Siberiak: My Cold War Adventure on the River Ob by Jenny Jaeckel (2014).
A pretty straightforward look at the author’s exchange experience in the Soviet Union in 1988. Having been an exchange student myself (in Germany in 1995), I found it really nostalgic and relatable. My one complaint is that although the book is larger than the standard size, the writing is still very small, and was sometimes hard to read. I got this book through the LibraryThing Early Reviewer’s program.

Best Food Writing 2014 by Holly Hughes (2014).
The title explains it all. I love food writing, but this was not particularly memorable (a month later I remember two of the essays – one about the creator of the Cronut, and one about prison food).

This Is the Story of a Happy Marriage by Ann Patchett (2013).
I think I would read anything Patchett writes. This is a collection of essays, published over decades in various magazines, proving that at the end of the day, Patchett is just an excellent writer. Period.

The Scandalous Sisterhood of Prickwillow Place by Julie Berry (2014).
When the Headmistress of a finishing school keels over at dinner, her charges decide to bury her and try to keep the school open. Sort of “Don’t Tell Mom The Babysitter’s Dead”, but in Victorian England. An entertaining YA novel.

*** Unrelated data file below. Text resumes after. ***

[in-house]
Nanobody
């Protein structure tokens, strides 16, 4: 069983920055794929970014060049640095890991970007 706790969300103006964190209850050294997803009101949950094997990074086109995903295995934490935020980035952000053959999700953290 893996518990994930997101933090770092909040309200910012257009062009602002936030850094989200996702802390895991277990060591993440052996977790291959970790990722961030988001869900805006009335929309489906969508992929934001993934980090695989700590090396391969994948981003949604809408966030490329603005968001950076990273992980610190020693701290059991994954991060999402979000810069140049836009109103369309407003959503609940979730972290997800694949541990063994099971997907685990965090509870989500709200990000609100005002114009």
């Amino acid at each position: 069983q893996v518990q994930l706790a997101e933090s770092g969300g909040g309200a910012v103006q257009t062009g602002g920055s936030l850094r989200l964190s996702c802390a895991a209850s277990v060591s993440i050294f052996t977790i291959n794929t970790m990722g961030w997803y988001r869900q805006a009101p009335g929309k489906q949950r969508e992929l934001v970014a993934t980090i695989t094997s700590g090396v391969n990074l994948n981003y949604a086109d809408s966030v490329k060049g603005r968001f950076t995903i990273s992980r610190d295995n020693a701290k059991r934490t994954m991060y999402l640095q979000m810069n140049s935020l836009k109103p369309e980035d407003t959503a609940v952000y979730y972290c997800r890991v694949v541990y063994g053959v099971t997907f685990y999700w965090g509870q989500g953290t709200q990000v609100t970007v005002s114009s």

Station Eleven: A novel by Emily St. John Mandel (2014).
A beautiful, post-apocalyptic novel about the world after a pandemic. Haunting, gripping, but not creepy. Really good, highly recommend.

The Snake Has All the Lines by Jean Kerr (1960).
I have a soft spot for books from this era written by smart, funny professional writer mothers. Or maybe I’m just in awe of a woman who had 5, not grown boys and was a playwright! Jami is also super into Jean Kerr now!

Many Conditions of Love by Farahad Zama (2009).
The second book in the “Marriage Bureau of Rich People” series. A fun book in it’s own right, and also an interesting glimpse into life in India.

W is for Wasted by Sue Grafton (2013).
I like this series, but wasn’t crazy about this entry. Just meh for me.

Ruby Redfort Catch Your Death by Lauren Child (2015).
Another fun Ruby Redfort offering – having failed her survival challenge, 13-year-old Ruby is in danger of being kicked out of the secret spy agency, Spectrum. At the same time, there is something odd in Twinford – jewels disappearing, strange animal sightings, an evil SCENT plot. Lucky that Ruby is still on the case. I got this book through LibraryThing’s Early Reviewer program.